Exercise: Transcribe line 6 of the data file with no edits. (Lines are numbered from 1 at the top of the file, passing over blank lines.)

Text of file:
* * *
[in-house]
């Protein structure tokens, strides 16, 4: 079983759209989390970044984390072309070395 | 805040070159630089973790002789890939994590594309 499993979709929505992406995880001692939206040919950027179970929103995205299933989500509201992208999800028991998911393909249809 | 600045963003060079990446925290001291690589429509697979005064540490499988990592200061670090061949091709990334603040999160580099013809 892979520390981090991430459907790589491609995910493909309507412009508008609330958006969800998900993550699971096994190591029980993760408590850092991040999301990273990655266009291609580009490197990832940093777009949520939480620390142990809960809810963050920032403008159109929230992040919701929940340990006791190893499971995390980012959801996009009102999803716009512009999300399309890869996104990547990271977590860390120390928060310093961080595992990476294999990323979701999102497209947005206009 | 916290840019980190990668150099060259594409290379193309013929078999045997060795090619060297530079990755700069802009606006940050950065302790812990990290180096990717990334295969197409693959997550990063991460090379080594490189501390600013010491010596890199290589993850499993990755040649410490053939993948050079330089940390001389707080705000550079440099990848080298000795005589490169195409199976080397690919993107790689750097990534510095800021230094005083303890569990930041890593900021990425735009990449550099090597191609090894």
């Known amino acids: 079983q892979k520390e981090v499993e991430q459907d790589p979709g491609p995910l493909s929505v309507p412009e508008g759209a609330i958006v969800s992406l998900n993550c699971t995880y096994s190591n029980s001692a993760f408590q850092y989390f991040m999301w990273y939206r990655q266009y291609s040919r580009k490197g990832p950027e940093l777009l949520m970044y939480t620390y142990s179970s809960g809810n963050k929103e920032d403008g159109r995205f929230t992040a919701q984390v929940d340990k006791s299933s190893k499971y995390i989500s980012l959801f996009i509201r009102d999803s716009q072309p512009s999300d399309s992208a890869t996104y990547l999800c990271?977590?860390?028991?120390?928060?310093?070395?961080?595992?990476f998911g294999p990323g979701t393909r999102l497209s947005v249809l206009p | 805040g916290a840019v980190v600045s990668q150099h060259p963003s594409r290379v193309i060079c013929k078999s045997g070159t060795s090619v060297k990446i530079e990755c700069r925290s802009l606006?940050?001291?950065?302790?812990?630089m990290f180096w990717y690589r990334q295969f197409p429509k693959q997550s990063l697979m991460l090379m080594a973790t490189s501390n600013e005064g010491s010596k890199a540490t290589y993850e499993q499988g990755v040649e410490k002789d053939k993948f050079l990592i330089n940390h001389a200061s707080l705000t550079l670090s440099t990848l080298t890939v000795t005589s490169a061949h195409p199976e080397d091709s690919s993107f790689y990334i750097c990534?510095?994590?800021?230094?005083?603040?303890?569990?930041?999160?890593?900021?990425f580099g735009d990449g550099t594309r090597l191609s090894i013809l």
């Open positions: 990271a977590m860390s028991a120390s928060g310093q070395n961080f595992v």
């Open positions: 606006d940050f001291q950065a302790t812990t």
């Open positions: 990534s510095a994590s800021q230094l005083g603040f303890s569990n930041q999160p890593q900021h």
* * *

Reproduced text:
């Open positions: 990534s510095a994590s800021q230094l005083g603040f303890s569990n930041q999160p890593q900021h």